Columbia Journalism Review • 2 October 2013
On demand. Columbia University professor Dennis Tenen is investigating the causes and strategies behind international content piracy. Calling his piracy.lab "a scrappy little outfit," Tenen's research focuses on the "underground libraries" that have sprung up in Eastern Europe and Asia to make hundreds of thousands of texts available online. Read on to learn about how understanding more about the supply and demand for pirated content can benefit legal publishers and university libraries.
Here's one of those "libraries." Library Genesis1M. Yeesh. (Michalko)
SkipPrichard • 30 September 2013
Story time. This engaging interview with branding and marketing expert Jonah Sachs lays out the dos and don'ts of viral marketing campaigns. Sachs emphasizes the power of stories that focus on the consumer: "Instead of just talking about how great they are, brand campaigns that break through tend to talk about how great their audiences can be." Read on for more on the five major marketing mistakes, and how incorporating rags-to-riches, rebel-with-a-cause or we're-all-in-this-together story elements can help your message resonate with recipients.
I like Sachs' trope about there being three categories of compelling stories—freaks, cheats, and familiars. In the freak category—pauper to prince, orphan to business tycoon, etc.—libraries are wealthy. We have dozens of great empowerment stories to use in marketing our brand. (And by the way, this isn't a sycophantic inclusion if it's actually good . . . ) (Michalko)
Savage Minds Backup • 30 September 2013
Exhibition etiquette. University of York archeologist Sara Perry uses the example of a donated head to ponder the delicate balance between spectacle and edification when it comes to exhibiting human remains. Read on for a thoughtful essay on the ethics and commoditization of body parts displays.
My favorite part of this story is where the accession number wound up. The essay made me think of those exhibitions of human bodies stripped of their skin—I've never attended one but I understand they are the occasion for some ethical debate. (Michalko)
Science • October 2013
Ouch. Science journalist John Bohannon reveals a serious flaw in open access scientific journal review protocols after executing a one-man sting operation. Bohannon recounts his experiences in successfully peddling an obviously phony scientific paper, calling the lack of rigorous peer review an "emerging Wild West in academic publishing." Read on for an eye-popping exposé of the dark underbelly of open access online publishing, driven by greed, desperation and just plain laziness.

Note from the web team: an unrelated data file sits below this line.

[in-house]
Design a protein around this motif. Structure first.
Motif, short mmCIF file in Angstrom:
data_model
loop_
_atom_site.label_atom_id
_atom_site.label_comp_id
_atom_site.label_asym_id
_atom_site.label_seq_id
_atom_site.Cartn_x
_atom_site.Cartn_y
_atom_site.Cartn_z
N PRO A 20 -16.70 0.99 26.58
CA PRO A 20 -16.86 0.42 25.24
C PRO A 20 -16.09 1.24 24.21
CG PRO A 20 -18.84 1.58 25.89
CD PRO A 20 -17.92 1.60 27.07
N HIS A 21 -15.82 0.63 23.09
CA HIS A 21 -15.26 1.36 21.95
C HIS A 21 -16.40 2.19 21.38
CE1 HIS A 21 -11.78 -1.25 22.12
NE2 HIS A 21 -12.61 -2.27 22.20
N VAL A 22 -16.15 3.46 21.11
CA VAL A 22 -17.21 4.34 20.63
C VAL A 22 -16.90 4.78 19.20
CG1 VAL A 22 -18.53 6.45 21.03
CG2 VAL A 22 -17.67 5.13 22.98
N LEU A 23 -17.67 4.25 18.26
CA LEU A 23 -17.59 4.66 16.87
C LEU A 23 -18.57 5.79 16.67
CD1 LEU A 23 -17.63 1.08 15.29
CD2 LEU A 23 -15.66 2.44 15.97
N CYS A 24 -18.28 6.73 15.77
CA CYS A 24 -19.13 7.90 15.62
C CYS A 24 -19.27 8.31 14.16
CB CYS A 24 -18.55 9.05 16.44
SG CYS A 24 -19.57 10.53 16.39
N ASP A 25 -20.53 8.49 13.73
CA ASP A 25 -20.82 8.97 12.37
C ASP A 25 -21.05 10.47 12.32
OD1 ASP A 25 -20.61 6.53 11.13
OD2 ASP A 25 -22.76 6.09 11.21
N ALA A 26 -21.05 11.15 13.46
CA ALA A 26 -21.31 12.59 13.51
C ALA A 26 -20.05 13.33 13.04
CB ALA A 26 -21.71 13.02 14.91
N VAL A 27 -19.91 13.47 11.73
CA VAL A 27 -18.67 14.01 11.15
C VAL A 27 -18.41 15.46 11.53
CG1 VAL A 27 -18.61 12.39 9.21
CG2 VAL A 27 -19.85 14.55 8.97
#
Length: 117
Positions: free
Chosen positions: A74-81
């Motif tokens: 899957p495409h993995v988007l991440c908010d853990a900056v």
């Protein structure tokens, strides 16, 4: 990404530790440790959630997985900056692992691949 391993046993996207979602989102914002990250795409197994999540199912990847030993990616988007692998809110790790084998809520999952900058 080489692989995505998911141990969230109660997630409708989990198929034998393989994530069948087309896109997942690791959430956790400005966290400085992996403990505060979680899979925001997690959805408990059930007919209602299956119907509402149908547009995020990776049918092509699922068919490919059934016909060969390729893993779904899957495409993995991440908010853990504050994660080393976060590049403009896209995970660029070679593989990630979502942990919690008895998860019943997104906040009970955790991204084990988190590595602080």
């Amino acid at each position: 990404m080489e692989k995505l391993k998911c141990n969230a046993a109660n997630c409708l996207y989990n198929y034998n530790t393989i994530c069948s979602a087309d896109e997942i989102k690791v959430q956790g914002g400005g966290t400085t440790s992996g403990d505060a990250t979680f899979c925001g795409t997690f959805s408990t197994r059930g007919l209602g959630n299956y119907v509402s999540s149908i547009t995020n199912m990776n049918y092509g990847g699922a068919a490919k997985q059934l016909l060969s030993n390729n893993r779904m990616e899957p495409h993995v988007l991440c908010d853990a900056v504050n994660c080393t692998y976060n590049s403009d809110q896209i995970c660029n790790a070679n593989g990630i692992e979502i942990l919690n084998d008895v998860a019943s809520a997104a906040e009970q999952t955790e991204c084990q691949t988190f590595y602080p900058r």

Where there are dollars to be made, the scam artists will appear. This experiment shows that a significant piece of the open access infrastructure is just vanity publishing (with possible consequences to scientific progress). Witness the academic paper market (described in this Economist article) that has grown so large in China. (Michalko)
Brain Pickings • 1 October 2013
No regrets. Maria Popova's blog on changing habits, channeling creativity and overcoming failure is a primer on personal introspection and private inspiration. By the time you finish reading, you'll be primed to tackle your most dreaded project—with enthusiasm.
A particularly nice synthesis from the this master of the form. Learn about impact bias and the uncertainty curve. And then link over to a reference in this article—How We Spend Our Days Is How We Spend Our Lives: Annie Dillard on Presence Over Productivity. (Michalko)
Wired • 2 October 2013
E is for extortion. Library advocate Art Brodsky takes e-tailers to task for predatory pricing policies when it comes to libraries. As libraries struggle to find a sane solution to the e-publishing equation, Brodsky's commentary sums up the problem of how licensing vs. ownership affects the borrowing public.
I like his characterization of this being destruction without any of the creative benefits. I also agree that our vocabulary contributes to our undoing—we didn't buy an e-book, we leased some digital text. (Michalko)
Medium.com • 7 October 2013
Take your time. The weaknesses inherent in brainstorming—once considered an essential first step for creative innovation—include individual fear of judgment, over-focus on extroverts and group aversion to scary ideas. But innovator Mikael Cho points out that the major failure of brainstorming is the expectation that each session ends with a definitive conclusion. Read on for Cho's thoughts on tweaking the rules to expand the process and reap the benefits of idea incubation.
I continue to enjoy people who beat up on brainstorming. It always seemed to me that there was no way to follow both of the principal rules—some thoughts are just moronic and should be smothered in your own head. It's not a Parking Lot. It's a Cemetery. There's always a moment when I'd like to be Dogbert. (Michalko)
Above the Fold Quiz
According to an item in this week's News and Views section, what program allows you to set Batch Holdings in OCLC, batch upload/edit records into WorldCat and search WorldCat directly?
Get the answer.